Film School Friday – What is ADR?

What is ADR Episode Summary

In this weeks episode of Film School Friday, Corey and Bill are talking about ADR or automated dialogue replacement.

What is ADR Episode Notes

In this weeks episode of Film School Friday, Corey and Bill are talking about ADR or automated dialogue replacement.

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What is ADR Transcript

Corey Allen  00:05

Welcome to Film School Friday. I’m Corey, I’m Bill and together,

Bill Cornelius  00:10

we host the infocus podcast.

Corey Allen  00:13

Film School Friday is our special weekly episode where we try to pass along a little bit of knowledge, wisdom, experience nuggets of info, some may say expertise. Yes, I’m not some I don’t have expertise

Bill Cornelius  00:29


Corey Allen  00:30

Thank you. I appreciate that. Bill this week, I’d like to talk about something in the world of audio. Yes. Will acronym referred to as a D are

Bill Cornelius  00:43

correct. ADR stands for automated dialogue replacement. So fancy sometimes called dubbing, like dub stepping? No, no. Okay. Not quite right. I don’t actually know where dub stuffing comes from, but probably has a similar origins, not ADR? Yeah. But dubbing is the more layman’s term, the more common word that people know if you’ve seen anything that was in a foreign language, or it’s dubbed in English, it’s dubbed.

Corey Allen  01:14

Yeah. So what’s interesting, and maybe, you know, this may be adult ADR, being automated, what I know of dubbing is an automated a damn bit.

Bill Cornelius  01:25

And that’s the thing, when I first heard about ADR and college, and what it stood for, I thought to myself, there is absolutely nothing automated about this process. This is a manual process, a rigorously manual process.

And honestly, my professor did not know why it was called that. And I looked it up before we recorded the show and I still didn’t find an answer to why it’s called Automated, it just is. But, you know, dubbing ADR, a lot of people don’t even know what ADR stands for anymore. They just know what it is. So it’s just become its own word, by itself. But anyway, it’s it’s dubbing.

It’s, you know, at the base level when you’re not doing, you know, like I said, the obvious thing is the foreign language, dubbing it in a different language. But ADR is also used very heavily for when onset audio is not clean. And you need some clean audio. And this is done more often than you would think. In fact, a lot of Hollywood films are quite ADR, if that’s even a word, anybody common, yes, it’s very common.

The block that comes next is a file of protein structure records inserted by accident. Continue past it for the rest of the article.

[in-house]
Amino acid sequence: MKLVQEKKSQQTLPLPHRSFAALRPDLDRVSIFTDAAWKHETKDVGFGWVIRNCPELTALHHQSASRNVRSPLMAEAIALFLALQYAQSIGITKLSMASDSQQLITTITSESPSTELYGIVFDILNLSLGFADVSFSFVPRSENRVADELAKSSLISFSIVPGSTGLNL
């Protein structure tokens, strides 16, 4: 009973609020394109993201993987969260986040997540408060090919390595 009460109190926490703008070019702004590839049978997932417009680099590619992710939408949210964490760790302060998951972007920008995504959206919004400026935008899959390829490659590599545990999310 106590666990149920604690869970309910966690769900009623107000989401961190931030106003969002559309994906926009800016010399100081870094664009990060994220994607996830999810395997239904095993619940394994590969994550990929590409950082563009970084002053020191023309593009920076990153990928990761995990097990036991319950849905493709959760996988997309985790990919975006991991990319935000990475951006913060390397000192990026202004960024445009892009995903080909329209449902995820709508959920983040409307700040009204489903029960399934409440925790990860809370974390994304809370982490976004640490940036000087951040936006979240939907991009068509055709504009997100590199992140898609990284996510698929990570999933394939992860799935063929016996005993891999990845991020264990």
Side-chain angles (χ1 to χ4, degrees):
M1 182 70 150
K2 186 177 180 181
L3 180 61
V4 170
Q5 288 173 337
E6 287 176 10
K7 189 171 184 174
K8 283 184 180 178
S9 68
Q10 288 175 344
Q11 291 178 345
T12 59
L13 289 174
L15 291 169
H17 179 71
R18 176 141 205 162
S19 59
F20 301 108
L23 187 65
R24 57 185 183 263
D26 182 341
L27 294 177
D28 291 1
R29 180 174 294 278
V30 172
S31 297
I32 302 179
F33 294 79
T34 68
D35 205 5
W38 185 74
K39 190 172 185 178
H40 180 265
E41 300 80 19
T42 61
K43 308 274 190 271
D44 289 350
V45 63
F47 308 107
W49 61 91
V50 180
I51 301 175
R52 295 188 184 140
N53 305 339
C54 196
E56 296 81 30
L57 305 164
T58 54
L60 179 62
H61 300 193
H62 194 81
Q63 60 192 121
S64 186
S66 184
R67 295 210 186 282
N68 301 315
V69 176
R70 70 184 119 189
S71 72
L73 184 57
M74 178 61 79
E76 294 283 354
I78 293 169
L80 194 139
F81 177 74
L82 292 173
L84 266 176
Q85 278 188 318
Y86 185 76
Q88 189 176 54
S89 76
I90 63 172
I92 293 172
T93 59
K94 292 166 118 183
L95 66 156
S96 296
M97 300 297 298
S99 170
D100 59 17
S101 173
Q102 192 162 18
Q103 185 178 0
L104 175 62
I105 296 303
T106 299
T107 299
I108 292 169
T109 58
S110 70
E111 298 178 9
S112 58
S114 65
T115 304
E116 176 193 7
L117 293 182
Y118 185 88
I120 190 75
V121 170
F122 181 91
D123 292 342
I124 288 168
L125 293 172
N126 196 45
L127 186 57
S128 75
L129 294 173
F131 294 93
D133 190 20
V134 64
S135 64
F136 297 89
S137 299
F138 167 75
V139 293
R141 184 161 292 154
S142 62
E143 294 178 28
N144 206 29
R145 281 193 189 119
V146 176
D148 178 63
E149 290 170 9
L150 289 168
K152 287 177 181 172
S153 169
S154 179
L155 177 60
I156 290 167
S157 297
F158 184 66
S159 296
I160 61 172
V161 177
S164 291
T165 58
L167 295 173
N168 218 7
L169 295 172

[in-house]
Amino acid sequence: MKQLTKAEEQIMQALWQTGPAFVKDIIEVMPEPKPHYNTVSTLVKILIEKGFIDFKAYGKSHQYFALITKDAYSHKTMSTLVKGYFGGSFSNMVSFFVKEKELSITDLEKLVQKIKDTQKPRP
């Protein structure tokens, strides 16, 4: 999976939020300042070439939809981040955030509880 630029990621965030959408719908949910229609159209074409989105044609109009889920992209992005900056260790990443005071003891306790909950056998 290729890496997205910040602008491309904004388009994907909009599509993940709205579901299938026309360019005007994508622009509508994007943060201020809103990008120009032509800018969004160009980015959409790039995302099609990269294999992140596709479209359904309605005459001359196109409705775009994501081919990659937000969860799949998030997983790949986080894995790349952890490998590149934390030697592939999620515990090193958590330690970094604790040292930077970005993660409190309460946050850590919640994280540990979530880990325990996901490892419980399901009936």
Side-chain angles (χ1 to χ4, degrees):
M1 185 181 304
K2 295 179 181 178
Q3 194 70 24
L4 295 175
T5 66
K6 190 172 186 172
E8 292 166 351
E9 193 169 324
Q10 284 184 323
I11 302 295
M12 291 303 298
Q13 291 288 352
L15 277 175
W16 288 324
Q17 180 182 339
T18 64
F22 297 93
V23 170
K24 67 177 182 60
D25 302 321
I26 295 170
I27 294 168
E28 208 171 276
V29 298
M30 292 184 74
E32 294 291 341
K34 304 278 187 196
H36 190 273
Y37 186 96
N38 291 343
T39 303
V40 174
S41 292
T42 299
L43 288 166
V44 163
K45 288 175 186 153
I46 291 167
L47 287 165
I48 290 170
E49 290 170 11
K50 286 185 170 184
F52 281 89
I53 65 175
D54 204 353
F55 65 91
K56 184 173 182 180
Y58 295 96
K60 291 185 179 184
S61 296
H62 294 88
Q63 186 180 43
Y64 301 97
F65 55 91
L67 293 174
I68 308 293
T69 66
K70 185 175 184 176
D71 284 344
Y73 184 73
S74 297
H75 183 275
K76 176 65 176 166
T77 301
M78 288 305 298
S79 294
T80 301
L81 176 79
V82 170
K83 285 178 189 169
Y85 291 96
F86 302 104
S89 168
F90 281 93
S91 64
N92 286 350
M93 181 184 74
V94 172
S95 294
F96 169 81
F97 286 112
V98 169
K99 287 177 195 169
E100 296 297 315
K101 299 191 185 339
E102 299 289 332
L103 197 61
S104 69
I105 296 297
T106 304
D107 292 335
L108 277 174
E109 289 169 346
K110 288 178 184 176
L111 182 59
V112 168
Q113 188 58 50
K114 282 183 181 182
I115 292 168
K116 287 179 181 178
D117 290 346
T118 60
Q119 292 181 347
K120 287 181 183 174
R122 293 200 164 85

In fact, large percentages of the movies, you go out and enjoy and love, a lot of the dialogue has been recorded later. I mean, it’s recorded on set, obviously. But yeah, it’s been cleaned up later. And as an audio booth, and so what that involves is, let’s say, you have a shoot outside. You know, you can’t control the environment, a lot of times, trees, knockin birds, chirping, planes, flying, all those wonderful things that the audio recorders just loves. And sometimes you just got to get the shot.

Or maybe you’re in a really small room with bad acoustics, and there’s a lot of echoing and you just have to suck it up and do it, you can’t use that audio, ultimately, it’s not clean. And so what will happen is the the actor that was speaking, and that scene will go back later on and post to a like a recording studio VoiceOver booth, and they’ll have the footage in front of them on playback. And they’re basically dubbing their own performance and they’ll just loop that

Corey Allen  03:49

scene over and over. And that just the actor will just get multiple takes of the same line. The same set of lines. Yeah.

Bill Cornelius  03:59

Which, you know, hats off to them, because there’s scenes worth, you know, a dialogue scene could be pretty emotional, or involve a lot of stamina that they had on set. And I have to replicate that in a sound booth later